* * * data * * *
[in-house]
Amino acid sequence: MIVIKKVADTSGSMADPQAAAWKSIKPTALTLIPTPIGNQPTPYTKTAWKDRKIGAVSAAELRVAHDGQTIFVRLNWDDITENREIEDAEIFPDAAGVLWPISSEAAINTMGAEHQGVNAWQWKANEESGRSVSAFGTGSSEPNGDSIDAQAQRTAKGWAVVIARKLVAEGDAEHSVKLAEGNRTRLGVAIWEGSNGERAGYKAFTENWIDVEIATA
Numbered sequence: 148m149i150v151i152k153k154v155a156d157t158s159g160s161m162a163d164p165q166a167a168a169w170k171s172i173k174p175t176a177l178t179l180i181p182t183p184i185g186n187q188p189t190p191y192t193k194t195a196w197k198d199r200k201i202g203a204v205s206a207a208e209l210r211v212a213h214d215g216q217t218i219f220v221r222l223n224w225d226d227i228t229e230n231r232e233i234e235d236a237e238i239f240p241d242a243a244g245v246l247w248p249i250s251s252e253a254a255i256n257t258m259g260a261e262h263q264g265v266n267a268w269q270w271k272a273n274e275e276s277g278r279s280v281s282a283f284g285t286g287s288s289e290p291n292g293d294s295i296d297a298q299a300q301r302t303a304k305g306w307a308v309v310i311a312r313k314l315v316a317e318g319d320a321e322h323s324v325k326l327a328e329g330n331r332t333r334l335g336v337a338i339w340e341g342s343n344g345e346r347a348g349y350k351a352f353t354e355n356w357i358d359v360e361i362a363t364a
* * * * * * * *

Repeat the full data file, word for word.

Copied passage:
[in-house]
Amino acid sequence: MIVIKKVADTSGSMADPQAAAWKSIKPTALTLIPTPIGNQPTPYTKTAWKDRKIGAVSAAELRVAHDGQTIFVRLNWDDITENREIEDAEIFPDAAGVLWPISSEAAINTMGAEHQGVNAWQWKANEESGRSVSAFGTGSSEPNGDSIDAQAQRTAKGWAVVIARKLVAEGDAEHSVKLAEGNRTRLGVAIWEGSNGERAGYKAFTENWIDVEIATA
Numbered sequence: 148m149i150v151i152k153k154v155a156d157t158s159g160s161m162a163d164p165q166a167a168a169w170k171s172i173k174p175t176a177l178t179l180i181p182t183p184i185g186n187q188p189t190p191y192t193k194t195a196w197k198d199r200k201i202g203a204v205s206a207a208e209l210r211v212a213h214d215g216q217t218i219f220v221r222l223n224w225d226d227i228t229e230n231r232e233i234e235d236a237e238i239f240p241d242a243a244g245v246l247w248p249i250s251s252e253a254a255i256n257t258m259g260a261e262h263q264g265v266n267a268w269q270w271k272a273n274e275e276s277g278r279s280v281s282a283f284g285t286g287s288s289e290p291n292g293d294s295i296d297a298q299a300q301r302t303a304k305g306w307a308v309v310i311a312r313k314l315v316a317e318g319d320a321e322h323s324v325k326l327a328e329g330n331r332t333r334l335g336v337a338i339w340e341g342s343n344g345e346r347a348g349y350k351a352f353t354e355n356w357i358d359v360e361i362a363t364a